The Iranians are starting to pay a high price for their long political and moral support for Syria, as many opinion polls in the Arab world show that Iran is losing out to Turkey in terms of its influence.

Switzerland imposed sanctions against Syria, including a freeze on any assets held in Swiss banks by members of the Syrian regime from May 25. It later beefed up sanctions with more names on August 18.

The individuals listed, which include President Bashar al-Assad, are also subject to a travel ban.

The moves brought Switzerland in line with recent European Union sanctions, although on August 19 the EU announced new measures in which assets had been frozen for another 20 people and Syrian businesses.

Criticism is growing worldwide of the Syrian government’s five-month crackdown on pro-democracy protestors. The United States and European Union called on Thursday for Assad to step down.

Switzerland recalled its ambassador to Syria on Thursday, following a similar move by Tunisia and several other Arab nations, including Saudi Arabia.

President Barack Obama ordered Syrian government assets in the US to be frozen, banned American citizens from operating or investing in Syria and prohibited US imports of Syrian oil products.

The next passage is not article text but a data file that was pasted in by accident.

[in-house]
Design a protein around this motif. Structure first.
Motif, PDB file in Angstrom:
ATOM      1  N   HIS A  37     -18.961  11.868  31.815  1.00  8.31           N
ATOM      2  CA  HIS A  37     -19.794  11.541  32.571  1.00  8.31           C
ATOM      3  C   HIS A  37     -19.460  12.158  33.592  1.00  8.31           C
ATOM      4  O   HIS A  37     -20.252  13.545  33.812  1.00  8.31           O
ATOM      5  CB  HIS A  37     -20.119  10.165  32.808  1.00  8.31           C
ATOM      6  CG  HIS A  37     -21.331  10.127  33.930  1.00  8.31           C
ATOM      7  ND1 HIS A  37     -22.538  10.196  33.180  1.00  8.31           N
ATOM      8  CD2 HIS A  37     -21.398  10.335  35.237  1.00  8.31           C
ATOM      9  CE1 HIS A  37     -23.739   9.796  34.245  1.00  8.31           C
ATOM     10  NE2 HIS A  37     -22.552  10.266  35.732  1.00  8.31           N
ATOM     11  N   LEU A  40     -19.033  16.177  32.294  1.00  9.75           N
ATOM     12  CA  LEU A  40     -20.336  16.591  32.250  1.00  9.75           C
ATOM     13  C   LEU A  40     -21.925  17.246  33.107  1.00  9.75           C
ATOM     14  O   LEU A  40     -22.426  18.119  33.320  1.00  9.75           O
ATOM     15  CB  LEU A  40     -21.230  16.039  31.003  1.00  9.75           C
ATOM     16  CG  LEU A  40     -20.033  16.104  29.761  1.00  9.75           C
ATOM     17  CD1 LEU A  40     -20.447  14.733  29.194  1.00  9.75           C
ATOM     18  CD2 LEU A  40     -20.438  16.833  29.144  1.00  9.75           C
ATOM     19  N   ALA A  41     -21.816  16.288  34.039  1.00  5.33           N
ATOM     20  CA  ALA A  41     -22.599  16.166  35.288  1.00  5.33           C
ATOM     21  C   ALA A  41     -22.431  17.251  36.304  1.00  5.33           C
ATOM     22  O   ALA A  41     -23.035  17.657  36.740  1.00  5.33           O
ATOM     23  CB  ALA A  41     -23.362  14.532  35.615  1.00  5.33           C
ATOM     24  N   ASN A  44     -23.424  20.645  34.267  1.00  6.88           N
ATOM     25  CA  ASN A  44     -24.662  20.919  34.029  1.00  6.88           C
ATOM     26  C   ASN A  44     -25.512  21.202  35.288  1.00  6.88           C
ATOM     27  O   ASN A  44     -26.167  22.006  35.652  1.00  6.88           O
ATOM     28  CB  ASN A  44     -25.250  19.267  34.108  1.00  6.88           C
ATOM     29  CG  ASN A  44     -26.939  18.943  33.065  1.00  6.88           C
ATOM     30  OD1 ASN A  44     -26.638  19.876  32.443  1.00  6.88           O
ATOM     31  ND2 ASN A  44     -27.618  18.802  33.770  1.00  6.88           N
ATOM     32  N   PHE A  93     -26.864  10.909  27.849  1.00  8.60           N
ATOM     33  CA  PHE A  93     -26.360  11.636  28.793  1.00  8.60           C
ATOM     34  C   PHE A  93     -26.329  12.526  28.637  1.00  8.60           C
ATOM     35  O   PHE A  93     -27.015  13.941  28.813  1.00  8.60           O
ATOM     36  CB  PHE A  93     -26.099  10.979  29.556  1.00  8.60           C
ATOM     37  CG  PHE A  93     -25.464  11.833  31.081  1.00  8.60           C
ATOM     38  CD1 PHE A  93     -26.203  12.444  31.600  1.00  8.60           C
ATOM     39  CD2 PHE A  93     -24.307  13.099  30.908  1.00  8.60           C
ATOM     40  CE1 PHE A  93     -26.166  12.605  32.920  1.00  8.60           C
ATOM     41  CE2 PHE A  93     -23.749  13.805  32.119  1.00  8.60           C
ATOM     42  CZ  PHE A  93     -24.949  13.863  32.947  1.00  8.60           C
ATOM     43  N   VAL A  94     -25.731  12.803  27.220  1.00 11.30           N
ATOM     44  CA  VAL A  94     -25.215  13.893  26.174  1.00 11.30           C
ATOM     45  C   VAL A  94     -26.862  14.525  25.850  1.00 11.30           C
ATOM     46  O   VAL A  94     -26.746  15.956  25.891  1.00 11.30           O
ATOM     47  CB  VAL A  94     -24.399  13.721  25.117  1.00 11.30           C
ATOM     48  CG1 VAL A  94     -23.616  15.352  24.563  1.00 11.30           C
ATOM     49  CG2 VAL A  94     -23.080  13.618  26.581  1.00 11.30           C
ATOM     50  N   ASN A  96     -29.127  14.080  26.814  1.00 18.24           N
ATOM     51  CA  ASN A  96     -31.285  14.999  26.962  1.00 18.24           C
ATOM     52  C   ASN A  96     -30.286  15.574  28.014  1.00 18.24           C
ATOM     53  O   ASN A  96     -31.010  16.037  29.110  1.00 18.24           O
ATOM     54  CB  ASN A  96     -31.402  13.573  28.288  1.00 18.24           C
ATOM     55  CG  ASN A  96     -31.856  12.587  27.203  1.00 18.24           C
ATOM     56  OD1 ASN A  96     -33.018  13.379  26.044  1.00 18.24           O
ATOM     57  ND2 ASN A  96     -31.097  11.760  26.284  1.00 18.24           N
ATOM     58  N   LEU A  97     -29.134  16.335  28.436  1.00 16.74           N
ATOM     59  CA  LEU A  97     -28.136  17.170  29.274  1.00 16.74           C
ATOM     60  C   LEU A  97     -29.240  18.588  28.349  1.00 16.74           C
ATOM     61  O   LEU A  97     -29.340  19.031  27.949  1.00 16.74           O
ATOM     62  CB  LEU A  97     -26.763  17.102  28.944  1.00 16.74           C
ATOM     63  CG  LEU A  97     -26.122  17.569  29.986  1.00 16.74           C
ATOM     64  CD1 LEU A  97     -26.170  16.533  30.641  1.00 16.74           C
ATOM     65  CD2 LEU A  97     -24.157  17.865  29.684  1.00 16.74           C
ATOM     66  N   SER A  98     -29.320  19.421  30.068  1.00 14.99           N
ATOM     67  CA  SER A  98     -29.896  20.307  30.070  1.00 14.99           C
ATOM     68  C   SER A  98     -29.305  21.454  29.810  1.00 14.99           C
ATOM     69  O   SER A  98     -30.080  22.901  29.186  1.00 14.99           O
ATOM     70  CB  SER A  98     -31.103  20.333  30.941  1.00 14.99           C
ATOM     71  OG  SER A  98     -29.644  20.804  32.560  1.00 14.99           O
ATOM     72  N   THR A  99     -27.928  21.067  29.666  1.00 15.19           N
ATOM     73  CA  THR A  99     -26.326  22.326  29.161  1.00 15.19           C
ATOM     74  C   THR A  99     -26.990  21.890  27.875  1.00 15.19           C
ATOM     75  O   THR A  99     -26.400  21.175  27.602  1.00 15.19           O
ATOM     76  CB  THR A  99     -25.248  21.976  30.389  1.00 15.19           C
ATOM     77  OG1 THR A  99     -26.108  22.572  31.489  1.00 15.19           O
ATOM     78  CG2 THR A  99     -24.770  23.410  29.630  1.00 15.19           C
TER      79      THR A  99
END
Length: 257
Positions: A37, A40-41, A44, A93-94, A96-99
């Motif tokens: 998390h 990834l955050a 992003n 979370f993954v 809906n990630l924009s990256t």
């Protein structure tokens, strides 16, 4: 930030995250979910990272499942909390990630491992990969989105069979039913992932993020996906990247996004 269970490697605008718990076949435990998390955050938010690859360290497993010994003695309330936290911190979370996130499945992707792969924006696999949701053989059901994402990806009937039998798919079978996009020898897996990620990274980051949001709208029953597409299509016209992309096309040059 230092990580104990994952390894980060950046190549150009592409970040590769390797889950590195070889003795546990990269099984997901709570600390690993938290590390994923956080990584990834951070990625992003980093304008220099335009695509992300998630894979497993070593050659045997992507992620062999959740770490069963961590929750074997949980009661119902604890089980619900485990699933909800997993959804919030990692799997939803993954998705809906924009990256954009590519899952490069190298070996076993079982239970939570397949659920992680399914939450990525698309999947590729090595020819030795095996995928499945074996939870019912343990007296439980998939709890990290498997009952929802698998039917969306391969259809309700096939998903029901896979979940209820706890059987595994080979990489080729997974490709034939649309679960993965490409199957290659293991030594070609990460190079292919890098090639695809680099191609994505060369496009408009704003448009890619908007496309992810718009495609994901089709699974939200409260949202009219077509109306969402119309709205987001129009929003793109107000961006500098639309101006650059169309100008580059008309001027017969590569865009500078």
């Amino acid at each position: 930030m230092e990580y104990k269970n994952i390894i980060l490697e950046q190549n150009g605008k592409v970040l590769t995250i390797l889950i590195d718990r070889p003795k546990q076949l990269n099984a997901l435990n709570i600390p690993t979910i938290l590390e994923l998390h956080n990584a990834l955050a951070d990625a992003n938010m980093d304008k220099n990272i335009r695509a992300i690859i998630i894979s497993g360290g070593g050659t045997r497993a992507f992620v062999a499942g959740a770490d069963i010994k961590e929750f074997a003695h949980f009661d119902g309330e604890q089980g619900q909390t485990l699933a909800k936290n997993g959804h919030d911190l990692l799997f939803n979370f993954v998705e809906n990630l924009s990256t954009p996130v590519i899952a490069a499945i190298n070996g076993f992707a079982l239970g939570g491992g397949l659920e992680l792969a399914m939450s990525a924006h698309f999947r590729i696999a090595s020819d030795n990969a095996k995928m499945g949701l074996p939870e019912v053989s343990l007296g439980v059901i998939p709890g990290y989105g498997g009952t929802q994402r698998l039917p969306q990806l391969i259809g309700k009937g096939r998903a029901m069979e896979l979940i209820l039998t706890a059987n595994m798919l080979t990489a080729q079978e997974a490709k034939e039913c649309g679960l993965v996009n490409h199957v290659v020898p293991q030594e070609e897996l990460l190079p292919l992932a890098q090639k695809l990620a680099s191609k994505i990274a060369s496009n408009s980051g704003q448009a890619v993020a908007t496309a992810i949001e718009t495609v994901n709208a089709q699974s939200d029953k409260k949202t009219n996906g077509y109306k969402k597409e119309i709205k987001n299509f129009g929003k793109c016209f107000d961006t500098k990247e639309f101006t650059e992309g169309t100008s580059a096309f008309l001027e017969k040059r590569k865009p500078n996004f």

Diplomats said the EU could decide to toughen sanctions to match the US measures, including a ban on oil imports. Syria exports over one third of its 385,000 barrels per day oil production to Europe. 

United Nations investigators said Assad’s forces had committed violations that may amount to crimes against humanity in a campaign which killed at least 1,900 civilians. The UN planned to send a team to Syria on Saturday to assess the humanitarian situation there. 

The US, Britain and European allies said on Thursday they would draft a UN Security Council sanctions resolution on Syria. But Russia continues to resisted Western calls for UN sanctions and also opposes calls for Assad to step down, believing he needs time to implement reforms.

Despite the dramatic sharpening of Western rhetoric, there is no threat of Western military action like that against Libya’s Moammar Gaddafi.

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SWI - a branch of Swiss Broadcasting Corporation SRG SSR